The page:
Originally published in The Weekly Packet, July 31, 2014
Now showing at local historical societies
Touring Through Time opens a window into the past
Brooklin Keeping Society member June Eaton dresses for an early 1900s steamship journey for a Touring Through Time exhibit on display at town hall. Four historical societies on the Peninsula opened their doors on July 26 and 27, 2014.
by Anne Berleant
An 18th century doll in its doll-sized crib. A sextant used to navigate steamships in the early 1900s. Squares of applesauce cake created from a recipe handed down through generations. A quilt depicting a town’s history from its founding in 1817.
These were a few of the treasures offered by the historical societies of Blue Hill, Brooklin, Brooksville and Sedgwick during Touring Through Time, a weekend celebrating Maine history through the open doors of the historical societies that keep it alive.
At the Holt House in Blue Hill, a tasting of “recipes that have come down through time” returned for a second year. “It was a big hit” last year, said board member Lynne Clark. A favorite was Linwood Leighton’s Banana Nut Cupcakes, sold at one time at the Leighton bakery in the old Copper & Gold Exchange building, now occupied by Bar Harbor Bank & Trust.
Board member Jan Snow (née Leach) contributed many recipes handed down through her family, but “I think the rhubarb custard pie is my favorite,” she said.
Brooksville’s roots reach far, as Edson and Sally Blodgett, members of the Brooksville Historical Society, discovered recently. They were recently approached in a Montana motel parking lot—on the basis of their Maine license plate—by a man who turned out to be the great-grandson of Olden Tapley. He is now on the waiting list for a copy of the society’s 2013 publication, “Six Sea Captains and a Farmer,” profiling the deep roots of the local Tapley family, that sold out last winter and is being reprinted.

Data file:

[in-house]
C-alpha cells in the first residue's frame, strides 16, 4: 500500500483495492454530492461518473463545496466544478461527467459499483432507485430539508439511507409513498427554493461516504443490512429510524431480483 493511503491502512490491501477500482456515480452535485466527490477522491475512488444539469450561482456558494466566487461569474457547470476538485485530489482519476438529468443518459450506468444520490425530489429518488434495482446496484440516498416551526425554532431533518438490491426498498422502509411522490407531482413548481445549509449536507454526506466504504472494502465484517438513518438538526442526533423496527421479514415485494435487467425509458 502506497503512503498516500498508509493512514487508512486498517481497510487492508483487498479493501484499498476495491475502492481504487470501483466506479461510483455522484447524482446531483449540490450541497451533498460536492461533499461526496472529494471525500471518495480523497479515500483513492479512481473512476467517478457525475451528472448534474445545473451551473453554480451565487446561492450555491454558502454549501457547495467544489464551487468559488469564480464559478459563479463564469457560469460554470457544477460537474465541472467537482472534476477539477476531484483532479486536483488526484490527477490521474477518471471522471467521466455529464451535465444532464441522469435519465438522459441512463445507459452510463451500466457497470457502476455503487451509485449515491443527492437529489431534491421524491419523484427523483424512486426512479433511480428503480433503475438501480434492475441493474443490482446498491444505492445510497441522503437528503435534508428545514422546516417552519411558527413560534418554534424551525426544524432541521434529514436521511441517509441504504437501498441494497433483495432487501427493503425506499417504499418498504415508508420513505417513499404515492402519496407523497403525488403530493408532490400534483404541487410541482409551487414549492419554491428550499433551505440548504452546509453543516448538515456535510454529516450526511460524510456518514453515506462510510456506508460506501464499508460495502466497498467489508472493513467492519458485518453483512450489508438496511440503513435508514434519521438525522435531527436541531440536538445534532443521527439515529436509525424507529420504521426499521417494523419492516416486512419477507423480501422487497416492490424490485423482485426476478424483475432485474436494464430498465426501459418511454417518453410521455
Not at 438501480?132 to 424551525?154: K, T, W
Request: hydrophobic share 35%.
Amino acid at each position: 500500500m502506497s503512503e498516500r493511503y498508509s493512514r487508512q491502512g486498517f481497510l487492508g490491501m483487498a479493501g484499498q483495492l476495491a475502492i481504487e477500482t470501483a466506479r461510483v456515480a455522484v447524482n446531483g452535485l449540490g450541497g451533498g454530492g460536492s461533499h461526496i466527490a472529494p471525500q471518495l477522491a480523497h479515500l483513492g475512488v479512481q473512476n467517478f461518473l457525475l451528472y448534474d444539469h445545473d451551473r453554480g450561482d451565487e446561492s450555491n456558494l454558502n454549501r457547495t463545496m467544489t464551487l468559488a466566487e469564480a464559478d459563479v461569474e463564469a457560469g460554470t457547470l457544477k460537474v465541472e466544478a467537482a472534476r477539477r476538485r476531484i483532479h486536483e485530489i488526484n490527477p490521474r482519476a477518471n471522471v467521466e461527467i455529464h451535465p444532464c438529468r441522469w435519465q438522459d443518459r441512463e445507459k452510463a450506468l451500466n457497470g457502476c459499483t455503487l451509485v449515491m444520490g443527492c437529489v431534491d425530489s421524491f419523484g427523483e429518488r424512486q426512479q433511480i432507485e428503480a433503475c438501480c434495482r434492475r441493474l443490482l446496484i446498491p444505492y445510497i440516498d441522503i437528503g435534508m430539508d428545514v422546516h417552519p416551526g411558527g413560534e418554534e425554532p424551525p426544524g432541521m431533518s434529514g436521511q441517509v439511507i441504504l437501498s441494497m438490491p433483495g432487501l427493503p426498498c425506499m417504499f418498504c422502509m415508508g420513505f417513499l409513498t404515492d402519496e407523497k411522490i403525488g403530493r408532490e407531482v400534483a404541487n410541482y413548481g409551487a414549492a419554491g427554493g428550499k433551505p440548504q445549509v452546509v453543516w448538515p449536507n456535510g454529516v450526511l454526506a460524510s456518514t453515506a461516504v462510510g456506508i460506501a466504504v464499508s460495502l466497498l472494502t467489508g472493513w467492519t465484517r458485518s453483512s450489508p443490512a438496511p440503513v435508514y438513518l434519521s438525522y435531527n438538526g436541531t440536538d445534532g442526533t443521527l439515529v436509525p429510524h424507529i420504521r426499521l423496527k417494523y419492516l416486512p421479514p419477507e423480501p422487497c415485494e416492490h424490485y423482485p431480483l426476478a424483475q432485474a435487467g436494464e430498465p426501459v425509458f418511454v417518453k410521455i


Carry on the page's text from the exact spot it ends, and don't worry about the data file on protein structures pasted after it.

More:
A glimpse into the Blue Hill Peninsula past. Touring Through Time, held on July 26-27, 2014, the Maine historical societies of Brooklin, Sedgwick, Blue Hill and Brooksville opened their doors to a myriad of exhibits, stories, recipes and more. Photos by Anne Berleant
On display at the society was a quilt depicting the historical buildings of Brooksville, created by Brooksville ladies and anchored by squares embroidered with its four churches, on loan from Margaret Fowler, whose husband won it in a raffle over 30 years ago.
The Sedgwick-Brooklin Historical Society hosted a photograph exhibit on loan from the Eastern Illustrating & Publishing Company and—to celebrate the 225th birthday of Sedgwick—an ice cream social. The Daniel Merrill house was also open to visitors and offered, room-by-room, a glimpse of family life and the artifacts of the 18th century.
In Brooklin, the Keeping Society displayed an exhibit of the town’s boat building heritage. “Maynard and Anne Bray put this whole show together for us,” said board member Karen Snow. Other members dressed in period costumes, as if they were about to step on, or step off, a steamship voyage of the early 20th century.
All the exhibits remain on display throughout the summer.